They must also give frequent, unplanned presentations.
Imagine this scenario: You are in a virtual or in-person meeting when the executive leading the meeting notices you in the audience. She says, “I didn’t know you were going to be here. We are 10 minutes ahead of schedule. Why don’t you give us a 10-minute update on your latest project?”
As you make your way to the front of the room, you have only five rows to gather your thoughts before you take the stage to deliver ten minutes of interesting information. In a virtual meeting, even less time! In a virtual meeting, you have only a few seconds to gather your thoughts.
This is an important opportunity. You want to do well. The entire leadership team is there as well as your colleagues in the division. The audience knows you had no time to prepare. If you do well, your reputation increases because you have just proven you can think on your feet. When you prove you can keep your cool and deliver a clear, concise, and on-message update, your credibility soars.
Develop this ability, and find unexpected opportunities ahead.
Learning how to become perpetually prepared is easier than you think.
Let’s review the best way to prepare a formal presentation. It begins by answering these questions:
Who is the audience?
How do I make them interested in my subject?
Why have I been asked to speak?
How long is my presentation?
What is the big idea or central theme of my message?
What talking points will I use to make my case?
What is a good way to open my remarks to arouse interest?
Do I have an example to clarify my major points?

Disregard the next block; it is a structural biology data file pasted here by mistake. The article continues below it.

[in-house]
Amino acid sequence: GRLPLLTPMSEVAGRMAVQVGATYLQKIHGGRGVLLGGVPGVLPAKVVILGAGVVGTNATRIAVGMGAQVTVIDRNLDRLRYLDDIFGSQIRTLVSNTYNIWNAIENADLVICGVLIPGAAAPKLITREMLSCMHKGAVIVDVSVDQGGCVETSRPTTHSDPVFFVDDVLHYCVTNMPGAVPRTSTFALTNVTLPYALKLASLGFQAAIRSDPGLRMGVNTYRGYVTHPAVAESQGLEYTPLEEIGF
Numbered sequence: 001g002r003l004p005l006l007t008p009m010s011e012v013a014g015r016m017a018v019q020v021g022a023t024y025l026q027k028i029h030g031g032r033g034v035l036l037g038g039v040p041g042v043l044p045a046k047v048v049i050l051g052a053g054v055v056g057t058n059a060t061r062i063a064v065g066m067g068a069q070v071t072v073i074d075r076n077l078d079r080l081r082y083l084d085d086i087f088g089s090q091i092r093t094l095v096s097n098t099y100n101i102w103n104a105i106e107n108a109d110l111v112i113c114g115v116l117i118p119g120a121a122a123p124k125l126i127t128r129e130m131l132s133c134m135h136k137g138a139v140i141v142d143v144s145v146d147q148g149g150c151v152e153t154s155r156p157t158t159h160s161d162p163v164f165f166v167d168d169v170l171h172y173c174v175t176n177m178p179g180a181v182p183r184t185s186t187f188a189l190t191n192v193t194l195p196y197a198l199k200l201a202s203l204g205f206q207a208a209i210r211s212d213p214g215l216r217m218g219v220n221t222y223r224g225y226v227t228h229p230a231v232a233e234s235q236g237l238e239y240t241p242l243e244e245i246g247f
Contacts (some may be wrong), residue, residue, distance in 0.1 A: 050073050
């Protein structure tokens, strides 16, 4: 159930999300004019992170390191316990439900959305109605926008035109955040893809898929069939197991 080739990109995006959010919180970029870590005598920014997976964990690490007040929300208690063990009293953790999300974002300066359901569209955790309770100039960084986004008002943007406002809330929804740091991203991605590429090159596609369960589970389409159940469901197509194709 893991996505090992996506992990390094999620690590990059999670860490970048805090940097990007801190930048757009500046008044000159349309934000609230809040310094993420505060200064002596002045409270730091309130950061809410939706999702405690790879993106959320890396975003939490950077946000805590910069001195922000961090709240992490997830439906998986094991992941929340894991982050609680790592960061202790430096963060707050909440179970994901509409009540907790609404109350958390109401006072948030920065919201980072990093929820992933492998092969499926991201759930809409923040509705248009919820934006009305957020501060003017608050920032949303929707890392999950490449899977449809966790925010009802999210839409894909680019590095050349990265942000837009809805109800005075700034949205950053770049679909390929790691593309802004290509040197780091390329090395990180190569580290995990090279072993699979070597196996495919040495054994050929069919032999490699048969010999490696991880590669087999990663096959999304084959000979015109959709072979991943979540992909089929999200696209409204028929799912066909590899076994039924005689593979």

Is there a call for action or a request for support?
Principles Are Universal
No matter who or how large your audience is, the subject you are addressing, or how long you speak, the principles are the same.
As a speech coach, I always recommend that my clients practice with “safe audiences.” For example, tell your stories and examples at the dinner table or over coffee. Ask your coworkers to listen to you rehearse the presentation you will give to your senior managers.
When you have an upcoming meeting with senior leaders, why not get in the habit of spending 5-10 minutes outlining what you will say or would say if asked?
The Pressure Is On
Let’s go back to your walking up to the front of the room or being the focus of the virtual meeting.
Always have something to say while you are thinking about what to say. My recommendations are to have “back-pocket phrases” prepared for when you need them. The late, great comedian Jerry Lewis said, “It takes me eight hours to write my best ad-libs.”
Also, have a logical structure into which you can mentally slot your ideas. Here is an outline I teach my clients. I hope it may come in handy for you.
Use this as an example.
“On behalf of the dedicated, six-person marketing team, thank you for the opportunity to update you on our latest project.
You will remember that in January our leadership challenged us to . . . (Put this update into the context of the whole year.)
At the end of the first quarter, we were happy to report . . .
Our biggest success was . . . (example)
We had a challenge in . . . because . . .
You will be glad to hear we overcame that with . . . (This will be a great story; make heroes of your team.)
Now that we are at the end of the second quarter, you can feel confident that . . . (Paint a picture of the result of the completion of your next stage or end of the project.)
At the next division meeting, we look forward to reporting . . .
Again, thank you for this opportunity.
You can be confident, your marketing team is proud to be the face of our company, creating messages and content that engages our prospects, customers, investors, and our community.” (Your last words linger.)
You Nailed It!
The ability to stand on your feet and present without notice and appear cool, calm, and collected will take you to heights you can only dream of.
Need help for you or your team on improving important conversations and presentations? The Fripp Customized Approach will work for you. Contact Fripp today!